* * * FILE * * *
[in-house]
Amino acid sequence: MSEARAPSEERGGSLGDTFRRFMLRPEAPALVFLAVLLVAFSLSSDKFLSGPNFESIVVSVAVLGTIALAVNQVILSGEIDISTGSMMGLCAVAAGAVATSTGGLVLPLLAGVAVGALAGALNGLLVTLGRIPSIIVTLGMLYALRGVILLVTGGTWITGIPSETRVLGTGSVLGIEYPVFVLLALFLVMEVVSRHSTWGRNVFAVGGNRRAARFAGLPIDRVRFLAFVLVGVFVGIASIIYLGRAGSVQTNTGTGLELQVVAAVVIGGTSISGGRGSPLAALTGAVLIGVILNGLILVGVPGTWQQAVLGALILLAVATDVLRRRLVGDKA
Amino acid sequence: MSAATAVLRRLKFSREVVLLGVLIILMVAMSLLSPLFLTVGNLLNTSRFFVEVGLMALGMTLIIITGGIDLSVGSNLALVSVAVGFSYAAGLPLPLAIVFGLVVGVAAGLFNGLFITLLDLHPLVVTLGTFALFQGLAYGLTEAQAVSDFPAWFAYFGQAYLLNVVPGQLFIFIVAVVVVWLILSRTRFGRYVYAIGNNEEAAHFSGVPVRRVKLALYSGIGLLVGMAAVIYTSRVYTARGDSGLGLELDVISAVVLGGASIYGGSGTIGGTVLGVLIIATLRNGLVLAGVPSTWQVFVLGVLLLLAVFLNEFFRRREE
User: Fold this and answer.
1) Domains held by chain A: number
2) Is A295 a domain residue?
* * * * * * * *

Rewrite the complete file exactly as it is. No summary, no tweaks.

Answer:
[in-house]
Amino acid sequence: MSEARAPSEERGGSLGDTFRRFMLRPEAPALVFLAVLLVAFSLSSDKFLSGPNFESIVVSVAVLGTIALAVNQVILSGEIDISTGSMMGLCAVAAGAVATSTGGLVLPLLAGVAVGALAGALNGLLVTLGRIPSIIVTLGMLYALRGVILLVTGGTWITGIPSETRVLGTGSVLGIEYPVFVLLALFLVMEVVSRHSTWGRNVFAVGGNRRAARFAGLPIDRVRFLAFVLVGVFVGIASIIYLGRAGSVQTNTGTGLELQVVAAVVIGGTSISGGRGSPLAALTGAVLIGVILNGLILVGVPGTWQQAVLGALILLAVATDVLRRRLVGDKA
Amino acid sequence: MSAATAVLRRLKFSREVVLLGVLIILMVAMSLLSPLFLTVGNLLNTSRFFVEVGLMALGMTLIIITGGIDLSVGSNLALVSVAVGFSYAAGLPLPLAIVFGLVVGVAAGLFNGLFITLLDLHPLVVTLGTFALFQGLAYGLTEAQAVSDFPAWFAYFGQAYLLNVVPGQLFIFIVAVVVVWLILSRTRFGRYVYAIGNNEEAAHFSGVPVRRVKLALYSGIGLLVGMAAVIYTSRVYTARGDSGLGLELDVISAVVLGGASIYGGSGTIGGTVLGVLIIATLRNGLVLAGVPSTWQVFVLGVLLLLAVFLNEFFRRREE
User: Fold this and answer.
1) Domains held by chain A: number
2) Is A295 a domain residue?